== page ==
It's been a wild few weeks around here. I strive to find new and innovative decks for Mining Modern, and the last month or so has brought some pretty wild ones to the table. I get asked a lot if I ever worry about "running out" of Modern decks for the series, but the answer is "not really." Modern is just such a deep format with so many strategies to explore and try that I feel like I can go on for years without worrying about running out of content.
In the past few weeks, we've certainly had some off-the-wall decks. From Twiddle Storm to Cheerios to Expertises, we've been off the deep end a few times recently. So this week I decided to pull back a bit on the jank (though I'll note that while Cheerios and Expertises were jank when I recorded the videos, they've since found some actual success at the Grand Prix level.) Anyway, this week we have something that qualifies as a bit more "traditional," but it's no less fun!
Fatal Push does something that very few cards in Modern can lay claim to – it enables entirely new archetypes, and this Sultai deck is the prime example. Since the inception of Modern, a few things have held true for midrange decks – you have to be able to remove creatures for one mana. That's why Lightning Bolt is the most-played card in the format, and why Path to Exile isn't far behind. Many decks even run both. Without access to at least one of those, other color combinations haven't been able to keep up.
Fatal Push changes that. Now black has access to its own Bolt or Path. And while Fatal Push isn't as good as either of those in the abstract, it has a few advantages that neither of those cards can boast.
For starters, it scales up better than Lightning Bolt. In exchange for not being able to go to the face, Fatal Push can dispose of Tarmogoyf without a problem, and do so without giving up a land the way Path to Exile does. Of course, it takes work to remove creatures of converted mana cost three or four and can't touch anything above that, Fatal Push manages to carve out its own niche among the now-triumvirate of premier one-mana removal spells.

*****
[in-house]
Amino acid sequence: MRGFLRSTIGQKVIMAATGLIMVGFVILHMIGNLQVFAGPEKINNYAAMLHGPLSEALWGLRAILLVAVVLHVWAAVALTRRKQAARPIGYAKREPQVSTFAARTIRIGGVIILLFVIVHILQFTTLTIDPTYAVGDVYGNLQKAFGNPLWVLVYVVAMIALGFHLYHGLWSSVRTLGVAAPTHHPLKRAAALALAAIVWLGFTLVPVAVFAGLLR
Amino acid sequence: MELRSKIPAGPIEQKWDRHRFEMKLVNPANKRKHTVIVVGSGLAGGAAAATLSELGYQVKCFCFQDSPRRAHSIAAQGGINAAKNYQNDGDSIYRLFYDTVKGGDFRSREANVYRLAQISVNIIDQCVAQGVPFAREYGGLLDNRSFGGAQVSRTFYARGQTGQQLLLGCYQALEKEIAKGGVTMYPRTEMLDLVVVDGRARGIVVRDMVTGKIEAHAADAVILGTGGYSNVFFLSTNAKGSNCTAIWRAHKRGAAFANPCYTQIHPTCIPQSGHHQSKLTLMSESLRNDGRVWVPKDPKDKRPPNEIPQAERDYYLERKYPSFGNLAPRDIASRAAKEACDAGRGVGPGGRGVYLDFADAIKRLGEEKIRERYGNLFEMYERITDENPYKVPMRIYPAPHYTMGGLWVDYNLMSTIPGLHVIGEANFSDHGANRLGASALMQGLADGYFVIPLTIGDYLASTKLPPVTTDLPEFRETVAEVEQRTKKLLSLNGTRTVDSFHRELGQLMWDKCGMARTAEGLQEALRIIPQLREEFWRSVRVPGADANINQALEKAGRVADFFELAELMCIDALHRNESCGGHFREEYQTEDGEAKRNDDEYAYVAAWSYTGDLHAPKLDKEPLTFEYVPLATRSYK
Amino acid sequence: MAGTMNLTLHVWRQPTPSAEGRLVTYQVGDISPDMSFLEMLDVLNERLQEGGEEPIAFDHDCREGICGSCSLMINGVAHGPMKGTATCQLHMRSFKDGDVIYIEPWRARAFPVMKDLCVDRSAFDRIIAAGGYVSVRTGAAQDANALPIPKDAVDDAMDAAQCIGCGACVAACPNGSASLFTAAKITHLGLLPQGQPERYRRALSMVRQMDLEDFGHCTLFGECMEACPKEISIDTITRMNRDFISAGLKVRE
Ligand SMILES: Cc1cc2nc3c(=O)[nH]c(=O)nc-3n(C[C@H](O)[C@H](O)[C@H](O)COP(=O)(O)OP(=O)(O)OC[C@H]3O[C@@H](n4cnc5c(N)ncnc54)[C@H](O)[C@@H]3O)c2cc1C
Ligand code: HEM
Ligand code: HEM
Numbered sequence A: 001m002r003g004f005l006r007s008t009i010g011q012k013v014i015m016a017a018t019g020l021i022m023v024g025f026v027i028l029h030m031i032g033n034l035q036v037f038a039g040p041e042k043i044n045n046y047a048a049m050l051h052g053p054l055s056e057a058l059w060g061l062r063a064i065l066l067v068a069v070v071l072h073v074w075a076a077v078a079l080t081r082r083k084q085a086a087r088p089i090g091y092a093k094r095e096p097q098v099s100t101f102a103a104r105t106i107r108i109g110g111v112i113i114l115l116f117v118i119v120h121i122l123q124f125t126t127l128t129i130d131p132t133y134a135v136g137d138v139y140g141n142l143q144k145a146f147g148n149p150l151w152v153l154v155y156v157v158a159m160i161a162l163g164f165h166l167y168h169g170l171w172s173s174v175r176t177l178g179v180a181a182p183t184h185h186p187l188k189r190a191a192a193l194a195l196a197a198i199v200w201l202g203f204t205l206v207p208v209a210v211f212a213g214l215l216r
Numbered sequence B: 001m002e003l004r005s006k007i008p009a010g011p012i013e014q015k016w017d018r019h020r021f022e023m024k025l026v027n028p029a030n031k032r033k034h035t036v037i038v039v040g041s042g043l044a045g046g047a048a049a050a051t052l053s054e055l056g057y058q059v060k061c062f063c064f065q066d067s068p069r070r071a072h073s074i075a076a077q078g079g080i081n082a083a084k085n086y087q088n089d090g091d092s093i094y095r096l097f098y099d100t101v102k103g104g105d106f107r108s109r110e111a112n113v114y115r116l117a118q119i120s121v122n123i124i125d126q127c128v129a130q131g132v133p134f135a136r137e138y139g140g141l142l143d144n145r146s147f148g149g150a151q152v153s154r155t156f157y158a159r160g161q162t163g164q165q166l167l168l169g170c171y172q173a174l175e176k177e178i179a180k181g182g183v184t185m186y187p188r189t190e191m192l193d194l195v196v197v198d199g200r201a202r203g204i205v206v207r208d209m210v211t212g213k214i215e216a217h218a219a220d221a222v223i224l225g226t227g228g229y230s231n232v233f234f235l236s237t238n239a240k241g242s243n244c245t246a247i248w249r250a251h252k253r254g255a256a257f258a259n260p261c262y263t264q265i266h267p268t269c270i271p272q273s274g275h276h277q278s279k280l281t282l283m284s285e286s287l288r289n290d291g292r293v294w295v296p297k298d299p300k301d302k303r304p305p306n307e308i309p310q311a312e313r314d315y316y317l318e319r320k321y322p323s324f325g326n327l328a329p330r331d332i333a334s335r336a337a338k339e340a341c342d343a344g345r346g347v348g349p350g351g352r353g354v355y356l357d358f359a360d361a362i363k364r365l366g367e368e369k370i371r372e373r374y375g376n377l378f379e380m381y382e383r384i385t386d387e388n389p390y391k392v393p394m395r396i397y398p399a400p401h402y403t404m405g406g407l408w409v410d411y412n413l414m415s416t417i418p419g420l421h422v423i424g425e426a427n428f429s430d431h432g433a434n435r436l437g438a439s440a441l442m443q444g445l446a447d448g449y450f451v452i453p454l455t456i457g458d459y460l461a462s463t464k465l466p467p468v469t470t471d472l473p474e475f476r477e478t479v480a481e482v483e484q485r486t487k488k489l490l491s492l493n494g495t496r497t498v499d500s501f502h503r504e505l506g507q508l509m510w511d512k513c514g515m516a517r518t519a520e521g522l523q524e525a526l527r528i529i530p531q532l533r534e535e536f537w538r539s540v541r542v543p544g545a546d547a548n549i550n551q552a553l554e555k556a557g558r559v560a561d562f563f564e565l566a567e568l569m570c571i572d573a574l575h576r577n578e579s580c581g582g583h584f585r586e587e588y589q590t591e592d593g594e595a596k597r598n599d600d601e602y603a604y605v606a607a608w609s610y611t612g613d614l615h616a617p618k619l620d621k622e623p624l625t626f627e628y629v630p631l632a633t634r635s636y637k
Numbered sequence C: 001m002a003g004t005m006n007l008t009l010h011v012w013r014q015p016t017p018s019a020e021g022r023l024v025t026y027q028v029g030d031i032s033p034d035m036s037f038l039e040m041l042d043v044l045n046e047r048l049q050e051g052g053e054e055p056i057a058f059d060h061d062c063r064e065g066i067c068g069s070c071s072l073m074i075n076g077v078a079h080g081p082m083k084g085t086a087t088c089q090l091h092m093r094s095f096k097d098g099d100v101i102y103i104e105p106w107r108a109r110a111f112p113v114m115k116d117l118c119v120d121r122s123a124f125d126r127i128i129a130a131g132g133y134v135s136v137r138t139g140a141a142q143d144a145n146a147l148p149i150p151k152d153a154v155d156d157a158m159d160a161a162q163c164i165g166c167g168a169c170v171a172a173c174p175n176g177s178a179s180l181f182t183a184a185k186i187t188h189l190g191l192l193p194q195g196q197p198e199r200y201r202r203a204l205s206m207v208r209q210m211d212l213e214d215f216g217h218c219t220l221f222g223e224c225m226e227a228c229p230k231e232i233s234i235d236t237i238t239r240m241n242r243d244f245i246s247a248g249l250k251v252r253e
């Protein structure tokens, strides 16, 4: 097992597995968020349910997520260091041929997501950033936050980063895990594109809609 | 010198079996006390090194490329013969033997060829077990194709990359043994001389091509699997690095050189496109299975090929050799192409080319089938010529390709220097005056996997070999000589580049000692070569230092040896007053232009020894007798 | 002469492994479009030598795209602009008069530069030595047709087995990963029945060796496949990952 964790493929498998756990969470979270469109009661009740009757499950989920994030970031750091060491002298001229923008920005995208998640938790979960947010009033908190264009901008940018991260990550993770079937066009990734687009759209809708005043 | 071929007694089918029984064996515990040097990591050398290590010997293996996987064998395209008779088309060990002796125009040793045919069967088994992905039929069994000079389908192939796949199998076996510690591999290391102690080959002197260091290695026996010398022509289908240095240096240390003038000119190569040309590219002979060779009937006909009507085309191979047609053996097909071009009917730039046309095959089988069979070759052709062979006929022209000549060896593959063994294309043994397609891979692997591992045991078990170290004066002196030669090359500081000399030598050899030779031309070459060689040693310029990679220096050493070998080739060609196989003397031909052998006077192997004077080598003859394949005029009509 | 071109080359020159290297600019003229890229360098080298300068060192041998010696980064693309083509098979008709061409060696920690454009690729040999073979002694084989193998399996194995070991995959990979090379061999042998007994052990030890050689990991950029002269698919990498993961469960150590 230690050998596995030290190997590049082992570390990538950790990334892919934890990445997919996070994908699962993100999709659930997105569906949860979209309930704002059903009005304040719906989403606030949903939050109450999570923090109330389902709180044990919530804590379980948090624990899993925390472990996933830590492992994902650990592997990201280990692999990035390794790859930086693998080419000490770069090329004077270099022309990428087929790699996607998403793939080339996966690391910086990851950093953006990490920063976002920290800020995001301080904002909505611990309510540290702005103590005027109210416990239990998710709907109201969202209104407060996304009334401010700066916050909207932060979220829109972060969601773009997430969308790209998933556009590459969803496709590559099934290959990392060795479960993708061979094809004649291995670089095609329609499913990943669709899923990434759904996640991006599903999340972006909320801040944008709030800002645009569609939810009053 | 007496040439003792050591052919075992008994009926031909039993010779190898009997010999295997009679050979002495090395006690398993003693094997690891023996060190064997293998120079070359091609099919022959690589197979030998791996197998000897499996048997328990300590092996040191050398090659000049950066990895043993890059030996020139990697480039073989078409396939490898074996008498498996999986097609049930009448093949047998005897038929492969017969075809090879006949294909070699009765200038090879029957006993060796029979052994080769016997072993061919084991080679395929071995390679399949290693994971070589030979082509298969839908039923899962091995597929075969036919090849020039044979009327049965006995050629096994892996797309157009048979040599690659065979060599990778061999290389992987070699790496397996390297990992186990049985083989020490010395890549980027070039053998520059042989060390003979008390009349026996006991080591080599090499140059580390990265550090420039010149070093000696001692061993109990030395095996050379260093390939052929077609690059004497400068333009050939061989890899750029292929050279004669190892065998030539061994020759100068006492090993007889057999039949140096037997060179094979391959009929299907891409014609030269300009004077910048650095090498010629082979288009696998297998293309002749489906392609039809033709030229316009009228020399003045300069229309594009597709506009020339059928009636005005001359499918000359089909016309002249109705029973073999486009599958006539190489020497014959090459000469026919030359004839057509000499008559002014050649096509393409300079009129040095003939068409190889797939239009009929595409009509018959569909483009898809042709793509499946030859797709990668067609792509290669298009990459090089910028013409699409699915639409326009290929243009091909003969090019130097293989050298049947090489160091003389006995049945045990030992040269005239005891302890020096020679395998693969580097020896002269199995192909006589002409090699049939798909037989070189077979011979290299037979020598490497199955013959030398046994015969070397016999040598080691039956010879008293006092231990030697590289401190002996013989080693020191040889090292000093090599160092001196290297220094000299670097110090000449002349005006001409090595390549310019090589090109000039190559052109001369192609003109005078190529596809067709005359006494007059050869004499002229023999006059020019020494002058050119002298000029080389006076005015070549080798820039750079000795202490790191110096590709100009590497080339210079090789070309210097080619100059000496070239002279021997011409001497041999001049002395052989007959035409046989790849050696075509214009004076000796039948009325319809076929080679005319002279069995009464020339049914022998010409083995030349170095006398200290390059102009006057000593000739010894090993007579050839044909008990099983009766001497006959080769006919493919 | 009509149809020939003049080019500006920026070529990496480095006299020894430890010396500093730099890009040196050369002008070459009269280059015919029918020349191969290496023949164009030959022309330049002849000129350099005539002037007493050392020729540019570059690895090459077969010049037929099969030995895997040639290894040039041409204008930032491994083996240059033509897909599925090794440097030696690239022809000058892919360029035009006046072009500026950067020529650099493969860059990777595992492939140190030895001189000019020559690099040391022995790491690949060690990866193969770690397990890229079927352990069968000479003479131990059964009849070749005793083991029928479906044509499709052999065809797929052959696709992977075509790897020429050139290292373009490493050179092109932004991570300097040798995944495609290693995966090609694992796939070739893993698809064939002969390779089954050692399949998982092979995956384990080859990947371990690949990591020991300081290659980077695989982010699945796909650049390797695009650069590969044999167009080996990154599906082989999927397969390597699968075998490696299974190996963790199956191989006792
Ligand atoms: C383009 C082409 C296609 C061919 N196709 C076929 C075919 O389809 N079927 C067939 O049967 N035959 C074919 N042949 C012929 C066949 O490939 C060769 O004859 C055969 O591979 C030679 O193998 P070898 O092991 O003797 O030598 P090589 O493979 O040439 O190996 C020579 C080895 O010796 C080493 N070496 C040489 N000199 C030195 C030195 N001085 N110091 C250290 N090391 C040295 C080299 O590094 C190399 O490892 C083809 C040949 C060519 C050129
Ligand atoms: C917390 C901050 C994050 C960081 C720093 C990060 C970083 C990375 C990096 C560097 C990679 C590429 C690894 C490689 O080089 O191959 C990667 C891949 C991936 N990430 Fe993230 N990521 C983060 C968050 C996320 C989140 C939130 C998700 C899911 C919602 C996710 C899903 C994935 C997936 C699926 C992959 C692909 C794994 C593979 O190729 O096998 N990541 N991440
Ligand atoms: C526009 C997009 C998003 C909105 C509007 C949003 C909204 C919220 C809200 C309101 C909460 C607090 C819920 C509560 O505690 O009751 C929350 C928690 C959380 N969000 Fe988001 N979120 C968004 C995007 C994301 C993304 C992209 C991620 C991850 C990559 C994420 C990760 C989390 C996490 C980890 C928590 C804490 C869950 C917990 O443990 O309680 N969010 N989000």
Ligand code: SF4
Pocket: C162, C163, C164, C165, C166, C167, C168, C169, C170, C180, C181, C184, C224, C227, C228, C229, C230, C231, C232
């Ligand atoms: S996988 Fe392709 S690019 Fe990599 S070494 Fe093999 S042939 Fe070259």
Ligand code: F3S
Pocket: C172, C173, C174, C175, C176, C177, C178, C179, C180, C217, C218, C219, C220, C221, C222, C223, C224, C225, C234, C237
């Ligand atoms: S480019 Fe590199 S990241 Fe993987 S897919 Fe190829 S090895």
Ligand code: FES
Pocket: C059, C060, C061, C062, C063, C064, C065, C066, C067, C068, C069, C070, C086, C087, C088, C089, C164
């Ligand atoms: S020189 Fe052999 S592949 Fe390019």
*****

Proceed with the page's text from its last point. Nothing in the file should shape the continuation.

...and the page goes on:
And this deck takes full advantage. One card that the Jund or Abzan decks would have always killed to play was Snapcaster Mage – but the mana requirements were just too difficult. In exchange for giving up on Path and Bolt, Sultai can combine the best elements of those decks while also playing Snapcaster Mage and Remand or Mana Leak if you wanted it. Even more important than both of those might be Serum Visions, which is a great early play and incredible topdeck later on in the game.
The threats look familiar. Grim Flayer and Tarmogoyf do the brunt of the work, while the discard spells and planeswalkers (all the Lilianas!) are also reminiscent of the format's premier midrange decks. Heck, Sultai even gets its own form of Raging Ravine in Creeping Tar Pit, which is great at closing out games.
All in all, while this Sultai deck may not break any major barriers, it is exploring some new ground for midrange decks in the format. Fatal Push makes that possible, and I would not be at all surprised to see versions of this deck break into the top echelon of Modern before too long.
Thanks for reading,